Utah Juniper (Utah Cedar)
Family: Cupressaceae – Cypress Family
Juniperus osteosperma is the only species from this family represented at Arches National Park. Evergreen tree - conifer; 6.6' to 13.2' (2 to 4 m) tall
Leaves: scalelike or awl-shaped; evergreen; leaves typically opposite; leaves have a conspicuous resin gland on the back
Flowers: conifer (see cone description under fruits)
Pollinators: wind; not self-fertile
Fruits: staminate (male) cones brown at the terminal ends or in joints between the leaf and stem 0.12” to 0.16” (3 to 4 mm) long; ovulate (female) cones becoming blue at maturity and look berrylike 0.24” to 0.48” (6 to 12 mm) thick or more
Blooms in Arches National Park: March, April, May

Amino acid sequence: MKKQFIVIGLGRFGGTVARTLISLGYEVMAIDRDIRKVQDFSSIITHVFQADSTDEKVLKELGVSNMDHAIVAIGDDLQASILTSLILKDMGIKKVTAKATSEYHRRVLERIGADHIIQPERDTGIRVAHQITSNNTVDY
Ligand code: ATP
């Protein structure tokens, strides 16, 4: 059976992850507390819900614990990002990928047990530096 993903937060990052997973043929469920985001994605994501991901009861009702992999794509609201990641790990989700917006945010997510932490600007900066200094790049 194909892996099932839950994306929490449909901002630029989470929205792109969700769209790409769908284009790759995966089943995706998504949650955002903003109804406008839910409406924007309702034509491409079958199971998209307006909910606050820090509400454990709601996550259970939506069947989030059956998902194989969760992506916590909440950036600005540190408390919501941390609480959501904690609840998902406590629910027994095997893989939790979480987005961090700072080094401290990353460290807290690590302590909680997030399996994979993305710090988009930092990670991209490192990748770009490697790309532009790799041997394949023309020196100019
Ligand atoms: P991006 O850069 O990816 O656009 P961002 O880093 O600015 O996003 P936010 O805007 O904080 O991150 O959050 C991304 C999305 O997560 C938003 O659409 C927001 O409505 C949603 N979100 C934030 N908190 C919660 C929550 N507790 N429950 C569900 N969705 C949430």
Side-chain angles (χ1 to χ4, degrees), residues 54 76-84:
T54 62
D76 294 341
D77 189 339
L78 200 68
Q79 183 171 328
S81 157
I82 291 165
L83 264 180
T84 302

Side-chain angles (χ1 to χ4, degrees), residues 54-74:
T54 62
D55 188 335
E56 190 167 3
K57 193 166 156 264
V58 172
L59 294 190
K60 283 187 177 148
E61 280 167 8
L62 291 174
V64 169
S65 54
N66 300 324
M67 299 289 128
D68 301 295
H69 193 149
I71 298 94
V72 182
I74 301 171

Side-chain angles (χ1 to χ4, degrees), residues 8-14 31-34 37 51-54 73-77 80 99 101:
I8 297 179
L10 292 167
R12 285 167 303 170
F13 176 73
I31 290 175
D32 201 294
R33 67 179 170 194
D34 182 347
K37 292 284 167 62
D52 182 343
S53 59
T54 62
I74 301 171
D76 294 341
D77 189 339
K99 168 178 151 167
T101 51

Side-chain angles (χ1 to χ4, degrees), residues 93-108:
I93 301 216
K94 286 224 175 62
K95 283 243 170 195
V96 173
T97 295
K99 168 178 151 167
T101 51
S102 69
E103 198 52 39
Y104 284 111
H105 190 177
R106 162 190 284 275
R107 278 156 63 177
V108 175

Habitat in Arches National Park: riparian, desert shrub and pinyon-juniper communities
Location seen: widespread
Other: The genus name, “Juniperus”, is the Latin name for "juniper" and the species name, “osteosperma”, comes from the Greek and means "hard or bony seed".
The bark is shreddy. The oldest Utah juniper in Utah has been aged at more than 1275 years.
Did You Know?
Edward Abbey worked as a seasonal park ranger at Arches in the late 1950s. His 1968 memoir of this experience, "Desert Solitaire," has become a classic of desert literature.